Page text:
To date, the Foundation has distributed a total of over $130,000 to Hilo High School. Its 2005 Financial Report place its assets at $724,063.44.[1]

Class Mascot and Colors[edit]

  • Class of 2021: Phoenix White and Gold
  • Class of 2020: Lions, Black and Gold
  • Class of 2019: Wolves, Black and White
  • Class of 2018: Honus, Teal and White
  • Class of 2017: Dragons, Black and Red
  • Class of 2016: Sharks, Black and White
  • Class of 2015: Wolves, Blue and Gold
  • Class of 2014: Pink Panthers, Black and Pink
  • Class of 2013: Tigers, Black and Red
  • Class of 2012: Dragons, Black and Blue
  • Class of 2011: Phoenix, Black and Green
  • Class of 2010: Panthers, Black and Gold
  • Class of 2009: Sharks, Black and Red
  • Class of 2008: Tigers, Black and Silver
  • Class of 2007: Dragons, Blue and Silver
  • Class of 2006: Panthers, Black and White
  • Class of 2005: Honu, Black and Green
  • Class of 2004: Tigers
  • Class of 2003: Dragons, Black and Red
  • Class of 2002: Monkeys, Blue and Silver
  • Class of 2001: Elmo, Black and White
  • Class of 2000: Honu, Black and Green
  • Class of 1972: Super Chicken, Red, White and Blue
  • Class of 1971: Pink Panthers, Pink and Purple

Alma mater[edit]

Miss Margaret Way's music class created the Hilo High Alma mater in 1926.

Beneath the tropic Skies of Hilo
Stands dear old Hilo High School
Dearer ever shall it grow
With the spirit of Blue and Gold
In our hearts we hold thee
Alma Mater mine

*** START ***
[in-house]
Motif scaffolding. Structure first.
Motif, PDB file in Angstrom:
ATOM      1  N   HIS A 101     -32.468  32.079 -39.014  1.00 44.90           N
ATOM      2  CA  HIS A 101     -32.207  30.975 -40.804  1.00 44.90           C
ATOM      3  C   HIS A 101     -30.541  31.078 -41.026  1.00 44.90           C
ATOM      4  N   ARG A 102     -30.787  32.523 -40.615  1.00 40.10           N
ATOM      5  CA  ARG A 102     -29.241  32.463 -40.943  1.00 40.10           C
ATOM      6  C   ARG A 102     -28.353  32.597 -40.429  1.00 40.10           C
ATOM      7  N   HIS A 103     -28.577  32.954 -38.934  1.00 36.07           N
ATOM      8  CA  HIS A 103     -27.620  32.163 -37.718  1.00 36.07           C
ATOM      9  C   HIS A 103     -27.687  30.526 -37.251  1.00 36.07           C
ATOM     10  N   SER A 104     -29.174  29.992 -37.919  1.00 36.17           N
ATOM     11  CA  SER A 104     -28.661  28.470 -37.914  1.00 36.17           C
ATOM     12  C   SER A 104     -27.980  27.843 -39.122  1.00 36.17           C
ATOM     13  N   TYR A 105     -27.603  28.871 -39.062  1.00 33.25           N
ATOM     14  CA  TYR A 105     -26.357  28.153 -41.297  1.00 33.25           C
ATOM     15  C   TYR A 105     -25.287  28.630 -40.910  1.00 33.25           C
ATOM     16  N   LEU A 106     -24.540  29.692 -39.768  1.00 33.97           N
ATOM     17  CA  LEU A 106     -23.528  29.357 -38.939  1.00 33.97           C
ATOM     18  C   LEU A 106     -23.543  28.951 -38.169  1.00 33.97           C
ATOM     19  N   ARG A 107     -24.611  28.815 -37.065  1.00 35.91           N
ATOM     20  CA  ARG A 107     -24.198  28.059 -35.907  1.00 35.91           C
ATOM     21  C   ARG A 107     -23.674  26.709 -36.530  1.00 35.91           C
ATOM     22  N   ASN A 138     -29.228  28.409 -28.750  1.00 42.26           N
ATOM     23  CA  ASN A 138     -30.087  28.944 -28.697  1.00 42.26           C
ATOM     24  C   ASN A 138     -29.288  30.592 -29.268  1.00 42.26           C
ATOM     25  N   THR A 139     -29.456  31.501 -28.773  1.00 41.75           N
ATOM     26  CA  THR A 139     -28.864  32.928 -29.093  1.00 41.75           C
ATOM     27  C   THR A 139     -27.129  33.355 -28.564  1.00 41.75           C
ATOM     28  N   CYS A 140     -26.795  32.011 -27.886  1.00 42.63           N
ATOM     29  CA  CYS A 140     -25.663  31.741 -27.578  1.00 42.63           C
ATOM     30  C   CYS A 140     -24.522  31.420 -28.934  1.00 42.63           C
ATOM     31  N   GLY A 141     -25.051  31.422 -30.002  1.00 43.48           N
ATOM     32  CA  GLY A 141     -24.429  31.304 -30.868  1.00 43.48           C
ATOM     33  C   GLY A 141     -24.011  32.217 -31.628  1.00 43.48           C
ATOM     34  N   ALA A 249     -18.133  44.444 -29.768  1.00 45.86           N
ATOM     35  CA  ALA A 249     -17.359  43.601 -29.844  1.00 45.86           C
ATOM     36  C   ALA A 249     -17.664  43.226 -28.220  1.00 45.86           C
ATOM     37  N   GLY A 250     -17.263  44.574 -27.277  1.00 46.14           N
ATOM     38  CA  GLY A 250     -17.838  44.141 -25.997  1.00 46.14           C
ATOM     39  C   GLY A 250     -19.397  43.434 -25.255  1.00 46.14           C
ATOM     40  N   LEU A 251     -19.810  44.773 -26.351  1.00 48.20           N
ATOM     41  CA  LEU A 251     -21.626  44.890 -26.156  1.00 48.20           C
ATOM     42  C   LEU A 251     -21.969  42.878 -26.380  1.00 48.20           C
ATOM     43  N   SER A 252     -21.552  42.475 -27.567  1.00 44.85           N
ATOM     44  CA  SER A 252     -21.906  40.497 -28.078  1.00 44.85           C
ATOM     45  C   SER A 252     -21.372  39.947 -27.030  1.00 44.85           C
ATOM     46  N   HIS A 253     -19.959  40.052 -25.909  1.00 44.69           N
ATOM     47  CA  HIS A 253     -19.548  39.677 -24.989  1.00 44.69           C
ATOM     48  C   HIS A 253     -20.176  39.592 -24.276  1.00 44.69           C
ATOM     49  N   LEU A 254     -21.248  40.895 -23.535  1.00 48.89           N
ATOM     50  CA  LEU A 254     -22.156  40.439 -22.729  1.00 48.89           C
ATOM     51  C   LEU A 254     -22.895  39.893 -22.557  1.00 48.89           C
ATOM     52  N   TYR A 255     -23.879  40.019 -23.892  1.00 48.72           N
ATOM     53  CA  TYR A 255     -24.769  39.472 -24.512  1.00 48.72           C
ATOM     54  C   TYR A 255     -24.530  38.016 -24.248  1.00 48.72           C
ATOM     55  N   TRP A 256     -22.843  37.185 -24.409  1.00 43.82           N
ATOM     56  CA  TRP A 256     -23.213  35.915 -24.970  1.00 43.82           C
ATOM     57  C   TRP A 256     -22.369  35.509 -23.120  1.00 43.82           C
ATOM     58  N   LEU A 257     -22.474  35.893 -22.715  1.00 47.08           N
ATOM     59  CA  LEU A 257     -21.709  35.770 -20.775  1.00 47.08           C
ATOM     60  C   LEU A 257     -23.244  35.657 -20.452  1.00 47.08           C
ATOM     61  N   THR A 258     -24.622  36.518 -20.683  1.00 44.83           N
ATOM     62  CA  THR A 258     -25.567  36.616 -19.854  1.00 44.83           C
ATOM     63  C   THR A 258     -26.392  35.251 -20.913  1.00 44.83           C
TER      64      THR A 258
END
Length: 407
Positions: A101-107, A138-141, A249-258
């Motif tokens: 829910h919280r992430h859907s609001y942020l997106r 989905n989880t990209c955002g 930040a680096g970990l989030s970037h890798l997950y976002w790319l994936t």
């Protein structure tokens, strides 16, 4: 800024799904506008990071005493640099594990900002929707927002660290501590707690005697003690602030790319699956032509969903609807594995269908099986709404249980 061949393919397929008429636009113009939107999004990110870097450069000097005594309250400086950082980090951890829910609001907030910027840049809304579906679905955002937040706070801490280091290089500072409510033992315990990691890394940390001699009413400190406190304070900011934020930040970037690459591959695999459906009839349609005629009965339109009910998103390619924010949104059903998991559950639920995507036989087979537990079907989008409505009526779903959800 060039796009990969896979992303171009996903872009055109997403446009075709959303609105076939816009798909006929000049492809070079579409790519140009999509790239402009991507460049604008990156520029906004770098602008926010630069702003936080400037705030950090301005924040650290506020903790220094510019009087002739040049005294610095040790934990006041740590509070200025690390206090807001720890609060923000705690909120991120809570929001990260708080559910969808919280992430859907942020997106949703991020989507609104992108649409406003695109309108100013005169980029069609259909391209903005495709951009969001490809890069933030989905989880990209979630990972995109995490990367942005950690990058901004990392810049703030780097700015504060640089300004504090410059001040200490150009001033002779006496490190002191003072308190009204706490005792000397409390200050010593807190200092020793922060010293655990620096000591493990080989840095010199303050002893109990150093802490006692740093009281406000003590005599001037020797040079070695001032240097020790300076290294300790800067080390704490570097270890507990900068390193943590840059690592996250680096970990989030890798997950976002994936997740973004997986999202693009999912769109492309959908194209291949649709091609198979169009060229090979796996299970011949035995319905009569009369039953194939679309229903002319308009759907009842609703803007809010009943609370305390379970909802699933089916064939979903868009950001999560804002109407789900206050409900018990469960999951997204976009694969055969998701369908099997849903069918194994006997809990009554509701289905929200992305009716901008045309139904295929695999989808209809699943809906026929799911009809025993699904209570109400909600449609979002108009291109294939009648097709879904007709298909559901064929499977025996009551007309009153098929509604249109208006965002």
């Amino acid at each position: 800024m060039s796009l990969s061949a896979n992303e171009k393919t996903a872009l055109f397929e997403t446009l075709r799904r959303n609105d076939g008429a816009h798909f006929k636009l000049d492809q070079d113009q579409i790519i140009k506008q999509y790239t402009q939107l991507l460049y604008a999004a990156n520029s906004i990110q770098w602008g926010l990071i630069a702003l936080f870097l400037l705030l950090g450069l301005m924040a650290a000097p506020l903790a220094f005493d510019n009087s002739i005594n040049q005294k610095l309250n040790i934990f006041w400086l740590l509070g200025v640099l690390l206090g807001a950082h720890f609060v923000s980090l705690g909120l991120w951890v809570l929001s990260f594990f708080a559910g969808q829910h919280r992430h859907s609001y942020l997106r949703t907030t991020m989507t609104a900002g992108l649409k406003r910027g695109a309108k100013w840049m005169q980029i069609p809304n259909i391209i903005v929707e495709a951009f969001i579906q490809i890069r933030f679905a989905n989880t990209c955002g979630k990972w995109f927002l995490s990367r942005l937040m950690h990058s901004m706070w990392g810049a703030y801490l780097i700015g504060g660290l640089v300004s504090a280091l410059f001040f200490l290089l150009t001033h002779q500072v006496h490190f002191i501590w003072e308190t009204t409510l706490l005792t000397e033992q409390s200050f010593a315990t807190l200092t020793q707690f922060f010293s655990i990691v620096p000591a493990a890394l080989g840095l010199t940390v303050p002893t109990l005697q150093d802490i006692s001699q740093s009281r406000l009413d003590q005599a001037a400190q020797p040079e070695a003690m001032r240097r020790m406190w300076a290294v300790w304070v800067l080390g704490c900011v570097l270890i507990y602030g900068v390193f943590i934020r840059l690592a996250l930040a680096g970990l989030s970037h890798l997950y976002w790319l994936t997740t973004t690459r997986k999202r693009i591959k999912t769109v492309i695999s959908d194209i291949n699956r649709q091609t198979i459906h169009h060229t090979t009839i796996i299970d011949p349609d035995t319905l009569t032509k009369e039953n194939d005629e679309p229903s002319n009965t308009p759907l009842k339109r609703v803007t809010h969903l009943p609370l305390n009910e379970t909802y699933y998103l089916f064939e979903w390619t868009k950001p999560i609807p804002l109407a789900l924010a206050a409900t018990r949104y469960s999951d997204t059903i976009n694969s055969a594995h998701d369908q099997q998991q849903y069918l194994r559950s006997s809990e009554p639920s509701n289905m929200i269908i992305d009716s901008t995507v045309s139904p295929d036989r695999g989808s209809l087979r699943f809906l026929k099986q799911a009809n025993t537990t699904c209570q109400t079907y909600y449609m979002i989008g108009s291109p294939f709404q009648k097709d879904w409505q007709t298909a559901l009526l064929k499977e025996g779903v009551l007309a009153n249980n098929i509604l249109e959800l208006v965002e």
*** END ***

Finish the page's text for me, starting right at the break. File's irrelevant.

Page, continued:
Loyalty and Honor
Shall Forever be thine!


Hilo High School's commencement exercises are normally held during the end of May.

Hilo High school has several commencement traditions that stretch back to the school's first graduation in 1909. The graduating class recites a variation of Gaudeamus Igitur with lyrics directly referencing Hilo High, and members of the Hilo High School Alumni Association pass out a lei to every graduate. This latter tradition is attributed to the patriarch of the Tong family, who was among the school's first graduates and supposedly gave a lei to a fellow graduate who was without one during their commencement ceremony. The Tong family also awarded the school's Salutatorian award and trophy with a cash prize until 2003, when the Salutatorian returned the cash prize out of respect for the family's disagreement with the school's current practice of awarding the Valedictorian distinction to more than one student. The Valedictorian trophy is maintained by the Hilo High School Foundation.

Now, with the introduction of AP classes to Hilo High, it is possible for more than one student to become a valedictorian within the same graduating class since AP classes allow the student to get over a 4.0. The current requirements for becoming a valedictorian include getting the distinguished BOE diploma as well as getting a weighted GPA of at least 4.0.


Hilo High supports an array of clubs that promotes and supports the talents, knowledge, ambitions and abilities of the students. The clubs also train and prepare students for future professional careers, and allows the school and students to give back to the community through community service events.

Notable graduates[edit]



External links[edit]

Coordinates: 19°43′16″N 155°05′46″W / 19.72102°N 155.09608°W / 19.72102; -155.09608